Organization and function of structure-specific endonucleases: single-molecule studies of fluorescently labelled NER complexes

Lead Research Organisation: University of St Andrews
Department Name: Physics and Astronomy


Since a few years ago, tremendous technical developments in the detection of very low levels of light have made it possible to detect, track, and manipulate single biomolecules. The trick is to incorporate into the biomolecule a label, another molecule that emits fluorescence when excited by a light source like a laser. Although we can not see the biomolecule itself, we can identify its position by detecting the fluorescence signature coming from the label attached to it. Thus, we can differentiate molecules by labelling them with different fluorescence colours and use this property to investigate how molecules interact and for how long. Also, we can label different parts of the same molecule with different colours to get information about their relative movement. This has made single-molecule fluorescence a particularly powerful technique in elucidating mechanisms of molecular machineries: what they do, how they work individually, how they work together, and finally, how they work inside live cells. We want to apply this technique to study the DNA repair machinery. DNA repair is a very important task and cells devote a lot of energy to this, as mutated DNA or wrong DNA structures can cause severe damage in living organisms if they are copied and propagate. We have studied some of the proteins that participate in this repair mechanism, in particular structure-specific endonucleases such as XPF and FEN1 that recognize anomalous DNA structures and cut DNA strands protruding outside the double helix. These proteins are derived from archaeal organisms, a group of microbes that are very useful models because their DNA processing pathways are rather similar but simpler than those in higher organisms (yeast, worms and humans). We know the structure of these proteins and we have characterized them by conventional techniques, where you look at millions of copies at the same time. However, to further advance in our understanding of these mechanisms we need to extract the information that is only accessible by looking one molecule at a time, in which order they interact, for how long they remain attached to the damage DNA and how they recognize the anomalous DNA structures.

Technical Summary

We have carried out extensive kinetic characterization at ensemble level of the activity of archaeal 5' and 3' structure-specific endonucleases FEN1 and XPF in terms of substrate preference and we have already demonstrated an interaction between XPF and the sliding clamp PCNA, which hugely increases XPF activity while only stimulating FEN1 by 50-fold. To further advance in our understanding of substrate recognition and unravel the sequence of events and conformational changes involved in the formation of the active complex, we wish to apply single-molecule fluorescence techniques. Our main objectives are: 1) Characterise the nuclease-induced distortion for different DNA substrates (flaps, nicked duplexes, replication forks, nicked 4-way junctions). 2) Quantify the affinity, the lifetime of the complex nuclease-substrate and characterise the large domain rearrangement observed in the crystal structures of XPF and FEN1 bound to duplex DNA. 3) Determine the orientation of the DNA in the complex substrate-nuclease and compare it with the models derived from molecular dynamics and crystallographic data. 4) Investigate the mode of interaction between each enzyme and PCNA in the absence and presence of the substrate and look for evidences about PCNA-induced conformational changes in the complex nuclease-substrate that may lead to nuclease activation. 5) Use single-molecule enzymology to quantify the effect that specific mutations have on the individual rate constants. We have demonstrable expertise in the biochemical and single-molecule techniques required and we have cloned and purified XPF, FEN1 and PCNA, constructed dye-labelled DNA substrates, and already optimised binding and cleavage ensemble FRET assays. In summary, this is an ambitious proposal with clear, achievable aims. We expect to deliver important new insights to fundamental DNA processing pathways and generate significant research findings that will be published in high impact journals.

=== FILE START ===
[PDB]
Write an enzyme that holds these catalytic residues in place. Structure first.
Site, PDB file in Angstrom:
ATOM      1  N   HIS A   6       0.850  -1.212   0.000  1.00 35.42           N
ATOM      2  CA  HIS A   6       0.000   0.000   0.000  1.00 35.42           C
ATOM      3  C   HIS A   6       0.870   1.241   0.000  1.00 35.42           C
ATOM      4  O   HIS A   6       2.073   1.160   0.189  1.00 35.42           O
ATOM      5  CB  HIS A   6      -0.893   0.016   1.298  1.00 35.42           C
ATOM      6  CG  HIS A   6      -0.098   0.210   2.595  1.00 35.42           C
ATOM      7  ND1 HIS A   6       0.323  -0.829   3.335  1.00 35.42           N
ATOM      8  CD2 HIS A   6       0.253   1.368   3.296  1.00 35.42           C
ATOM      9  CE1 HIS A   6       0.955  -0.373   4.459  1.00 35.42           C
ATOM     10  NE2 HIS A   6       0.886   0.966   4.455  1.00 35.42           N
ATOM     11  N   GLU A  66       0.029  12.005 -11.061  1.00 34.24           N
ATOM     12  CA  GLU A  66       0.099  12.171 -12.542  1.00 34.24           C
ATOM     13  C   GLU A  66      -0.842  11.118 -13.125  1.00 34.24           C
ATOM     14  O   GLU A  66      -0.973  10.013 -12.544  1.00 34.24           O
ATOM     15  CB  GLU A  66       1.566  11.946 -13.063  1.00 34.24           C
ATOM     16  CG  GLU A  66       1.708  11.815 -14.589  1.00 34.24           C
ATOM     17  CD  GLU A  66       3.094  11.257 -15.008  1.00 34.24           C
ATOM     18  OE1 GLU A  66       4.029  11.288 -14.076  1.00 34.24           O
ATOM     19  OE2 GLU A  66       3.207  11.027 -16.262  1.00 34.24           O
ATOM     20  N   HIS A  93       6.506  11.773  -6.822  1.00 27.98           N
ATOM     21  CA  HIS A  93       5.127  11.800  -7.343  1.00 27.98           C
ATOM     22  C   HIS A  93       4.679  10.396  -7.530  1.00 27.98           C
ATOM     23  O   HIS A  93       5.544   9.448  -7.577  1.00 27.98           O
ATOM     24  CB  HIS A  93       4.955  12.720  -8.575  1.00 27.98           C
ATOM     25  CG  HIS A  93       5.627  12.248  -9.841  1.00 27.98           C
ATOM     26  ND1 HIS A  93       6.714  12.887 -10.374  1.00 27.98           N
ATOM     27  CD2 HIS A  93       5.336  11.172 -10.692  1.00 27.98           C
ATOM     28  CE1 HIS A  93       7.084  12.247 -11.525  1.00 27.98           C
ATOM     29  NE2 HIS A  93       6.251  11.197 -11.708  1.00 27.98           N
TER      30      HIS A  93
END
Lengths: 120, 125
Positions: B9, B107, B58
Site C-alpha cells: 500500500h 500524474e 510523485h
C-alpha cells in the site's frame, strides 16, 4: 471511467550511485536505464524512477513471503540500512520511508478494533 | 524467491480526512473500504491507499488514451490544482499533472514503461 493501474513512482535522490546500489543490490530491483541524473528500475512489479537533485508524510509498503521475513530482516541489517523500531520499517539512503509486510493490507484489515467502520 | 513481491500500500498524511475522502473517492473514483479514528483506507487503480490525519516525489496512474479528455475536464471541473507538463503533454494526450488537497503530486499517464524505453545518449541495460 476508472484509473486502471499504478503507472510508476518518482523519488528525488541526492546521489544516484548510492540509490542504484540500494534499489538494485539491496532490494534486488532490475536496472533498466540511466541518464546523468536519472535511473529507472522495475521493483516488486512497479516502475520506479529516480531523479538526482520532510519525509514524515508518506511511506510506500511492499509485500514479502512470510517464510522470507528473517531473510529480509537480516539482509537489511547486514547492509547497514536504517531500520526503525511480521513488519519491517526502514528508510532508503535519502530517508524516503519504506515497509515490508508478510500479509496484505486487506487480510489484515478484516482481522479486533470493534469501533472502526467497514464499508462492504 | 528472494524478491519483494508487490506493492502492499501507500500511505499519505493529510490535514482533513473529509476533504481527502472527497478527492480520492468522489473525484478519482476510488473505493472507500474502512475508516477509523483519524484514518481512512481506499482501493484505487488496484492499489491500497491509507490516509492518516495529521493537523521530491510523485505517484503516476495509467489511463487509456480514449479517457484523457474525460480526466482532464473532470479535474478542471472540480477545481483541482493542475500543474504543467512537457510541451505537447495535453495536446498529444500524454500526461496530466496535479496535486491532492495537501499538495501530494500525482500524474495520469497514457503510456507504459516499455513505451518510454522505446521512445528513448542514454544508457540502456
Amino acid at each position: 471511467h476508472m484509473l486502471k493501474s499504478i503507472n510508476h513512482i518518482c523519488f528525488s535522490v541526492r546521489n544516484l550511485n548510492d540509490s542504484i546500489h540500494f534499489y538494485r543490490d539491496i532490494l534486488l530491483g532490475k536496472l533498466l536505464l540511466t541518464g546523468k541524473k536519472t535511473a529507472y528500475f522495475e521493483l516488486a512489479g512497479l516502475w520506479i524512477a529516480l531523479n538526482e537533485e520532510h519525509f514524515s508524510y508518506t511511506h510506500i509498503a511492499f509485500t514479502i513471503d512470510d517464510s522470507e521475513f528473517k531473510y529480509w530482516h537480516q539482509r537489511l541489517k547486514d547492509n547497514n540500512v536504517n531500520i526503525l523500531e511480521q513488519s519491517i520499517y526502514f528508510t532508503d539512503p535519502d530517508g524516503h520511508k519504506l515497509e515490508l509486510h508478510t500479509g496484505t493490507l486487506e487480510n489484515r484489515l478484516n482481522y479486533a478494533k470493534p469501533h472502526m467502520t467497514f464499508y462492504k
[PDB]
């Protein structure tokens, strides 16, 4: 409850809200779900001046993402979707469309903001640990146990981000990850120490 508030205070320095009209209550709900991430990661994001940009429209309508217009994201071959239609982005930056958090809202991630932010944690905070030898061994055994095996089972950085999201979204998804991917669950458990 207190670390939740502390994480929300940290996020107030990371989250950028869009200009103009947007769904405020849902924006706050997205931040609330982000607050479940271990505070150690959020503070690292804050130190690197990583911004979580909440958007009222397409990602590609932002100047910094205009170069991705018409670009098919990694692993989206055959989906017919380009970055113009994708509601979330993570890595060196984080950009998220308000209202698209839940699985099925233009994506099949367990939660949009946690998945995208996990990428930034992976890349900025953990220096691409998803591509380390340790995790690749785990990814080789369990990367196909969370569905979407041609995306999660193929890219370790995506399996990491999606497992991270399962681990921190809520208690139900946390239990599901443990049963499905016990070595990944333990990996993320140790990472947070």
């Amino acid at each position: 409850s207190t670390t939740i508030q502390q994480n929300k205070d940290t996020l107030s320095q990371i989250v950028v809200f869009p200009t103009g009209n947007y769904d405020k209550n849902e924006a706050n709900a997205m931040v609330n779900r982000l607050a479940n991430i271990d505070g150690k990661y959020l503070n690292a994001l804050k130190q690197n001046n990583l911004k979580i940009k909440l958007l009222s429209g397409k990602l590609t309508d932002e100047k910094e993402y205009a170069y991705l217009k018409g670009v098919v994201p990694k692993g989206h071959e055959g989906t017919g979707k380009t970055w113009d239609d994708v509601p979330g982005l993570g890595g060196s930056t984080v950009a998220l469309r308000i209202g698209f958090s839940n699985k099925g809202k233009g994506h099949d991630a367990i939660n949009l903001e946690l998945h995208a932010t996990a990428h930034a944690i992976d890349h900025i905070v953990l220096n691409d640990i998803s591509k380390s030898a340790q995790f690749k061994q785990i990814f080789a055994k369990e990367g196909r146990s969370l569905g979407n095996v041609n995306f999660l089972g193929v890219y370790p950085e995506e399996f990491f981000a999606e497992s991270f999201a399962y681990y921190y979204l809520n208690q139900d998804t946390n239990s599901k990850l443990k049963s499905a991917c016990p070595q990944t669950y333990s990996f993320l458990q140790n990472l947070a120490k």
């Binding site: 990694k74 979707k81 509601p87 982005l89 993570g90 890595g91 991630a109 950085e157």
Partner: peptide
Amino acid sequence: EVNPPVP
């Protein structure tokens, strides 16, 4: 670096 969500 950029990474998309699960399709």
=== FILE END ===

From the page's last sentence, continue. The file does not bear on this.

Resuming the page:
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Blouin S (2015) Functional Studies of DNA-Protein Interactions Using FRET Techniques. in Methods in molecular biology (Clifton, N.J.)

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Hutton RD (2010) PCNA and XPF cooperate to distort DNA substrates. in Nucleic acids research

Description We have investigated how structure-specific endonucleases including XPF and Fen1 process anomalous DNA flap structures. WE have developed single molecule assays to investigate the binding and cleaving steps of these proteins. Our data provide a model regarding how FEn1 distorts the DNA substrate to perform its catalytic function.Moreover, we demonstrate that in the presence of the proliferating cell nuclear antigen (PCNA), fen1 function is further enhanced by facilitating the binding of fen1 to the substrate. We have also demonstrated that PCNA has no effect on the catalytic step
Exploitation Route The single molecule assays developed to investigate FEn1 function can be used to investigated other relevant endonucleases assisted or not by sliding clamps.
Sectors Healthcare,Pharmaceuticals and Medical Biotechnology